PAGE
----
Singapore’s Fitness Culture: Where Does The Public Get Its Fitness Information From?

June 3, 2012

The fitness scene here in Singapore has certainly grown by leaps and bounds over the past decade.Image of people exercising.

More people ever than before are now involved in fitness pursuits and exercises, ranging from gym-based resistance training to outdoor fitness boot camps to even mixed martial arts fitness programs.

Unfortunately, the majority of the Singapore Public – in its keenness to devour all things fitness – may have gleaned its fitness information from entirely wrong or even unsuitable sources – as our contacts close to the ground and within the fitness trenches right here in Singapore (think: personal trainers, fitness coaches, strength-and-conditioning coaches and other fitness professionals etc) seem to indicate to us.

The following are some of the most common and popular sources of fitness information (or should we say, MIS-information) that many here in Singapore tend to turn to in their thirst for greater fitness and better bodies:

1) The Internet

The internet is indeed a goldmine of fitness information. Unfortunately much of it is also mixed with half-truths, myths, misinformation and even downright lies!

With the large boom in “muscle”, “health” and “fitness” blogs/sites found on the internet nowadays, many supposedly run by “gurus” or “experts” in the fitness field, many here in Singapore have inadvertently found themselves drawn to these sites by their attractive and enticing portrayal of fitness, nutrition and training advice.

Unfortunately, upon closer scrutiny and careful examination, many of these internet site are really featuring fitness information that is based on fads, popular culture, half-truths and founded on research with little, if any, scientific backing.

And since the large majority of Singaporeans do NOT have much formal academic foundations in exercise science, sports nutrition or even fitness studies, many are thus unable to distinguish fact from fiction on many of these sites; thus putting themselves at a great risk of being misled by the Internet.

2) Health/Fitness Magazines

Go to any bookshop and you’ll find row and rows of “fitness” and “health” magazines portraying buffed physiques of fitness models or professional athletes.

Much as these magazines may claim to represent “real” fitness information, the sad truth is that these magazines are often run on the basis of PROFIT and are often forced to churn out content after content in accordance to the wishes of their pay-masters ( the ADVERTISERS – such as supplement companies and exercise equipment manufacturers)

As such, much of the information are often highly biased, and skewed in nature, and are often geared towards highlighting certain brands of products/equipment/supplements (or even drugs!); and often portray drug-fueled athletes/models who are themselves financially backed by these very same companies!

Furthermore, ask any insider in the advertising or publishing industry, and you’ll be SHOCKED at how many of these so-called “buffed” physiques seen in the magazines are actually highly-processed images that have gone through countless rounds of photoshopping, airbrushing and computer-manipulation so that the end product (the published images) look 110% better than their real persons!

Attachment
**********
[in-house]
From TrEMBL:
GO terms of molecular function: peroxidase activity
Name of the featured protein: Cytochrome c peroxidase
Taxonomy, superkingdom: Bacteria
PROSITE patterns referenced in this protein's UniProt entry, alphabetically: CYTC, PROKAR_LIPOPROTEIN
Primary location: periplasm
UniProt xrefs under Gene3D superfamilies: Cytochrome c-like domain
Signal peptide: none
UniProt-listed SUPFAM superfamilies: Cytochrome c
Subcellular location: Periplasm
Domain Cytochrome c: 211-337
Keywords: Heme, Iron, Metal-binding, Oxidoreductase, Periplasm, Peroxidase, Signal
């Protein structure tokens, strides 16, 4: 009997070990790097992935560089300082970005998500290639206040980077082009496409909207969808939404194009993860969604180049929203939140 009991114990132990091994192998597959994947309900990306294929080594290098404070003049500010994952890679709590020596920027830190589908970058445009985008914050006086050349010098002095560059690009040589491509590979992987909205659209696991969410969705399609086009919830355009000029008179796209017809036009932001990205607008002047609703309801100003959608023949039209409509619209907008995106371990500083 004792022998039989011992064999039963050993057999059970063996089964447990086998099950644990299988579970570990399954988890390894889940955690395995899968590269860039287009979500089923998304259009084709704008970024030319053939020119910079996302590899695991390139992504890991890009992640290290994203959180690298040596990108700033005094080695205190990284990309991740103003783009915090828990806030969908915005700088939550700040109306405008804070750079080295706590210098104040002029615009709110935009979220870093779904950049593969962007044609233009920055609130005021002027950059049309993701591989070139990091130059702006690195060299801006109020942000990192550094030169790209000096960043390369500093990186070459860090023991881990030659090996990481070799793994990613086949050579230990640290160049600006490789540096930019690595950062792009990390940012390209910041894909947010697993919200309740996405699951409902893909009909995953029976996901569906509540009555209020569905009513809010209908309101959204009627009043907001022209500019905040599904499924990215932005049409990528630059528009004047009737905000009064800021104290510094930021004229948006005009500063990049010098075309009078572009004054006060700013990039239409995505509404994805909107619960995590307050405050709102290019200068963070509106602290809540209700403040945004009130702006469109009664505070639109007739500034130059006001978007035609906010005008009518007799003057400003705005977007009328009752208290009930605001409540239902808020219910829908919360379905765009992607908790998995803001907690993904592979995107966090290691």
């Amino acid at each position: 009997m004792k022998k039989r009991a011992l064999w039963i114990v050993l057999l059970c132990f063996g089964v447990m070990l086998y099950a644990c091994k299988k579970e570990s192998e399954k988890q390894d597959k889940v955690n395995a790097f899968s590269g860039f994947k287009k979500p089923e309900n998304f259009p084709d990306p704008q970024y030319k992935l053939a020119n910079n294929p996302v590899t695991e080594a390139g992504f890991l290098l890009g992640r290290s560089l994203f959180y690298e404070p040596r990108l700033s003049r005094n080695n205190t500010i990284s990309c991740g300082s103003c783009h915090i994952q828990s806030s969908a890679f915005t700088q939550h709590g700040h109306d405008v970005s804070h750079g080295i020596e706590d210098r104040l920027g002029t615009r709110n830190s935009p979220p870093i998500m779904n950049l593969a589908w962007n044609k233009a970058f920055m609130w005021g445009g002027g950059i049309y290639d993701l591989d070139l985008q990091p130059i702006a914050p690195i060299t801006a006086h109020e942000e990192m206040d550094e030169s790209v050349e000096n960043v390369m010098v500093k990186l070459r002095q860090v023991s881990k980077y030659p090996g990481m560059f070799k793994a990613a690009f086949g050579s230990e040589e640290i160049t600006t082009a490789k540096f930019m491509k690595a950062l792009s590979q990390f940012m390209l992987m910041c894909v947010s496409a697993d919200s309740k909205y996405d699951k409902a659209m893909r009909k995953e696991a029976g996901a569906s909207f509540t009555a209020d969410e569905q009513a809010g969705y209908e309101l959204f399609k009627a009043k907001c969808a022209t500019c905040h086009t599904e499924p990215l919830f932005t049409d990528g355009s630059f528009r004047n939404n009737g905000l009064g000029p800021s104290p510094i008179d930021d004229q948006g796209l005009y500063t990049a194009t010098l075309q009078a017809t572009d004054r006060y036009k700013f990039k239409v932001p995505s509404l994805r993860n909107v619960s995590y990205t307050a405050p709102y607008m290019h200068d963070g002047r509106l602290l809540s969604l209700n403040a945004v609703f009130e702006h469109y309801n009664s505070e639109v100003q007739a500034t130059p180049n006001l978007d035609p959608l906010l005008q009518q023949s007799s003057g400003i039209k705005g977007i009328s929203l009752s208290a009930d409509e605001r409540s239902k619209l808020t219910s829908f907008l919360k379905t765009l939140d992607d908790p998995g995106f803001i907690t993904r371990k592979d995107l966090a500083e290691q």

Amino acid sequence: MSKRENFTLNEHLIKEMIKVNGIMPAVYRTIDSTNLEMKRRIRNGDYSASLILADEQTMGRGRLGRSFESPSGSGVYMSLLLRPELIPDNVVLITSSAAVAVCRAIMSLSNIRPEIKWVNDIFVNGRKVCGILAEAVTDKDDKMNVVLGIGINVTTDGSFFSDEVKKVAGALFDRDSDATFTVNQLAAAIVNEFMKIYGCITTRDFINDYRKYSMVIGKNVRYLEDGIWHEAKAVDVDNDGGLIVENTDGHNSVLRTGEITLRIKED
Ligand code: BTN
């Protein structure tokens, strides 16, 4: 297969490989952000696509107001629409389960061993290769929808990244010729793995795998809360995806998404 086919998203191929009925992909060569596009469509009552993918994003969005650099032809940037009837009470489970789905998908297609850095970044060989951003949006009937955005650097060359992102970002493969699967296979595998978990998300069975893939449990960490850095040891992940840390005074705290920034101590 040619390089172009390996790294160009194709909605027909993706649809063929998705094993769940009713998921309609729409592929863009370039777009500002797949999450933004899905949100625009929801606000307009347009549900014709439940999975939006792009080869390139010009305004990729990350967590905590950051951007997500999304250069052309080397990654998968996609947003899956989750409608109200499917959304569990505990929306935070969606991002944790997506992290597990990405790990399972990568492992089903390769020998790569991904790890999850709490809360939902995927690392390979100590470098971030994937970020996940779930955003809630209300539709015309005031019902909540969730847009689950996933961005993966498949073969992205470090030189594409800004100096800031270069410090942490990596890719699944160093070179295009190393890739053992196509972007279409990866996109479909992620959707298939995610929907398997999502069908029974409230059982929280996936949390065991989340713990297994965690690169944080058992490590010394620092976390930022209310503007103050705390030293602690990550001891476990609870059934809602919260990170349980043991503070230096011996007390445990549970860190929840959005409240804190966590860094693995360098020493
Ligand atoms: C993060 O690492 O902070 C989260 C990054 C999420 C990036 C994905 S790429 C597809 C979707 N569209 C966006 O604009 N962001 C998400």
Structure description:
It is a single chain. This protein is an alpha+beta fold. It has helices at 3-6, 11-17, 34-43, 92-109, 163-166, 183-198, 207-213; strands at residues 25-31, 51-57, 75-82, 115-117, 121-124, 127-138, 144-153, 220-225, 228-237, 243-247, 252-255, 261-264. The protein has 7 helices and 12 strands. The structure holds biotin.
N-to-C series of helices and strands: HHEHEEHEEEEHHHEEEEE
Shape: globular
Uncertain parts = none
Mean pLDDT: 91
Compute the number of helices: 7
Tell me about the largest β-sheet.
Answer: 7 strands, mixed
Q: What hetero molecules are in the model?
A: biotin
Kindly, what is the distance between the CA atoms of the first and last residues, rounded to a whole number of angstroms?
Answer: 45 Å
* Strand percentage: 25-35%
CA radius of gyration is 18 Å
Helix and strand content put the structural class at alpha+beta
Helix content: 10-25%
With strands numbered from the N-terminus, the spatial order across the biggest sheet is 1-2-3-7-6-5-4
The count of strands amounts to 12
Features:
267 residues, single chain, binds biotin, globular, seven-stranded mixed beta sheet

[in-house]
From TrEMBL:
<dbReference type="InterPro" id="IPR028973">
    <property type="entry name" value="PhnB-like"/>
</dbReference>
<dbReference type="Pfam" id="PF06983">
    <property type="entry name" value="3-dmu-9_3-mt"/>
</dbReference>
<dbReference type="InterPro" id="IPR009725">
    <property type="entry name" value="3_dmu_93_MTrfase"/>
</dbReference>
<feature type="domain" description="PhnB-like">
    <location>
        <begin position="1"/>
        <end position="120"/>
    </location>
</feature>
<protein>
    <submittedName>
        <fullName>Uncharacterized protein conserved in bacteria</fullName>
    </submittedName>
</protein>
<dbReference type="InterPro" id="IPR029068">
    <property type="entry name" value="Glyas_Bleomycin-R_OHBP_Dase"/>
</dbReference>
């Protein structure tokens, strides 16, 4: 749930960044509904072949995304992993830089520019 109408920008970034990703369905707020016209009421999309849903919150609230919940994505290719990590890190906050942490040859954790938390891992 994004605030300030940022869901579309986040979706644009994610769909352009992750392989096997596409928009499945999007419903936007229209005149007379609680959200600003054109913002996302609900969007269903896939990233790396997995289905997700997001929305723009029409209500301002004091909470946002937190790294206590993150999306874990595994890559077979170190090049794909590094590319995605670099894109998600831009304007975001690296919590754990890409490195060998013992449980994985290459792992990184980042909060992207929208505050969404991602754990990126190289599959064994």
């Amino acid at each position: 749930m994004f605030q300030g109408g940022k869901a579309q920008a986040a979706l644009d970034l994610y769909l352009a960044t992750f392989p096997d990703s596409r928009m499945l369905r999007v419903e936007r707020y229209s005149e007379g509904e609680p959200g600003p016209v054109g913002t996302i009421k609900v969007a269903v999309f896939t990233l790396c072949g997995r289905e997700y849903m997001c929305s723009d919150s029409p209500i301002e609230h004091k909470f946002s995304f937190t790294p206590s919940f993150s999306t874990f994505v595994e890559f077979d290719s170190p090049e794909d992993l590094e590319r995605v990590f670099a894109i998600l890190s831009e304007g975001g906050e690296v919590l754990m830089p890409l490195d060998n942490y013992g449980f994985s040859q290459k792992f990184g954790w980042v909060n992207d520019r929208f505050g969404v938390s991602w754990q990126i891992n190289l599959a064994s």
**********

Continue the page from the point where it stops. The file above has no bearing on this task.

On top of that, a lot of the (mis)information emanating from these magazines also arise from the fact that the training and dietary routines portrayed in them are often relevant only to high-level professional athletes/experienced trainees who have years and years of training in their related sport, with superb genetics to boot, and who are more often than not on some kind of physique- or performancing-enhancing “juice”.

Precious little, if any of the information found in most off-the-rack fitness magazines are realisticpractical or even applicable to the average, on-the-street Singaporean guy or gal who simply needs to lose a few pounds, pack on a little size, or just seeking to tone up a few lagging areas of the body.

In fact, anyone who tries to follow the bulk of advice and routines found in these magazines – in an unthinking, blind and wholesale fashion – is simply foolhardy at best, and downright suicidal at worst!

3) Fellow Gym-Goers

Getting advice from other gym-goers also seems to be a popular way of obtaining fitness information here in Singapore.

In a typical “Monkey-See, Monkey-Do” scenario, the shy scrawny guy or the overweight gal with poor self-image – both desperate to transform their bodies – end up so blinded and enamoured with their respective gyms’ resident “Muscle Guy” or “Buffed Chick” that they decide – once and for all – that whatever their “Hero” or “Heroine” says, does or do in the gym, they would likewise follow – right down to the last dot.

Unfortunately, this concept simply does not work in real life.

As every individual responds to training differently, what works for one may not necessarily work for another! Add to the fact that “Mr Muscle Guy” and “Ms Buffed Chick” are usually individuals who are gifted with great genetics, so that even if their training programs are downright faulty, unbalanced or even grossly dangerous and unscientific, they would still get to see results – nevertheless! ( yes, life’s UNFAIR, we know) And not to mention that many of these Great Bods out there (though 99% of them would never admit to it) have previously, or are currently taking illegal aids such as steroids, growth hormones, diuretics and other drugs – to get them to where they are now!